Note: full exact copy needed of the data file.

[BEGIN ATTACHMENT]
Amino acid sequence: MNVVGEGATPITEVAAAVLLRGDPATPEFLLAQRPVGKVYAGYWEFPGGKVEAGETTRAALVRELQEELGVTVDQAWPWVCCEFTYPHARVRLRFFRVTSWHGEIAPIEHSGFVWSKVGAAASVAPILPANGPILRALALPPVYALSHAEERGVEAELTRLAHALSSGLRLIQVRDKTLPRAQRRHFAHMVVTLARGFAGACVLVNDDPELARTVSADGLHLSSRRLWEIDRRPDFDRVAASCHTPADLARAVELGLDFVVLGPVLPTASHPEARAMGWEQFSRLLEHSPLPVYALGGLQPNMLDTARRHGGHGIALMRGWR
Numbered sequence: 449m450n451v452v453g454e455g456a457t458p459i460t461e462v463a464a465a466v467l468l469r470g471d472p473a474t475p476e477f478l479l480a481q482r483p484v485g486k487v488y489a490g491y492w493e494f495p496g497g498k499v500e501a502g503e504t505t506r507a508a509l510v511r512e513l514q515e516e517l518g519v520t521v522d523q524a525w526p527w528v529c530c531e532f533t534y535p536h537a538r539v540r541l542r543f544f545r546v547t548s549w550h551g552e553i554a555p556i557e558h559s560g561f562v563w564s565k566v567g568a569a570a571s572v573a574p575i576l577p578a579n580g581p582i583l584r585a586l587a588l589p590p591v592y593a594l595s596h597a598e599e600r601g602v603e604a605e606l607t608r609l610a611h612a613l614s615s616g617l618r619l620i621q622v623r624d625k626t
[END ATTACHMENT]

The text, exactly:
Amino acid sequence: MNVVGEGATPITEVAAAVLLRGDPATPEFLLAQRPVGKVYAGYWEFPGGKVEAGETTRAALVRELQEELGVTVDQAWPWVCCEFTYPHARVRLRFFRVTSWHGEIAPIEHSGFVWSKVGAAASVAPILPANGPILRALALPPVYALSHAEERGVEAELTRLAHALSSGLRLIQVRDKTLPRAQRRHFAHMVVTLARGFAGACVLVNDDPELARTVSADGLHLSSRRLWEIDRRPDFDRVAASCHTPADLARAVELGLDFVVLGPVLPTASHPEARAMGWEQFSRLLEHSPLPVYALGGLQPNMLDTARRHGGHGIALMRGWR
Numbered sequence: 449m450n451v452v453g454e455g456a457t458p459i460t461e462v463a464a465a466v467l468l469r470g471d472p473a474t475p476e477f478l479l480a481q482r483p484v485g486k487v488y489a490g491y492w493e494f495p496g497g498k499v500e501a502g503e504t505t506r507a508a509l510v511r512e513l514q515e516e517l518g519v520t521v522d523q524a525w526p527w528v529c530c531e532f533t534y535p536h537a538r539v540r541l542r543f544f545r546v547t548s549w550h551g552e553i554a555p556i557e558h559s560g561f562v563w564s565k566v567g568a569a570a571s572v573a574p575i576l577p578a579n580g581p582i583l584r585a586l587a588l589p590p591v592y593a594l595s596h597a598e599e600r601g602v603e604a605e606l607t608r609l610a611h612a613l614s615s616g617l618r619l620i621q622v623r624d625k626t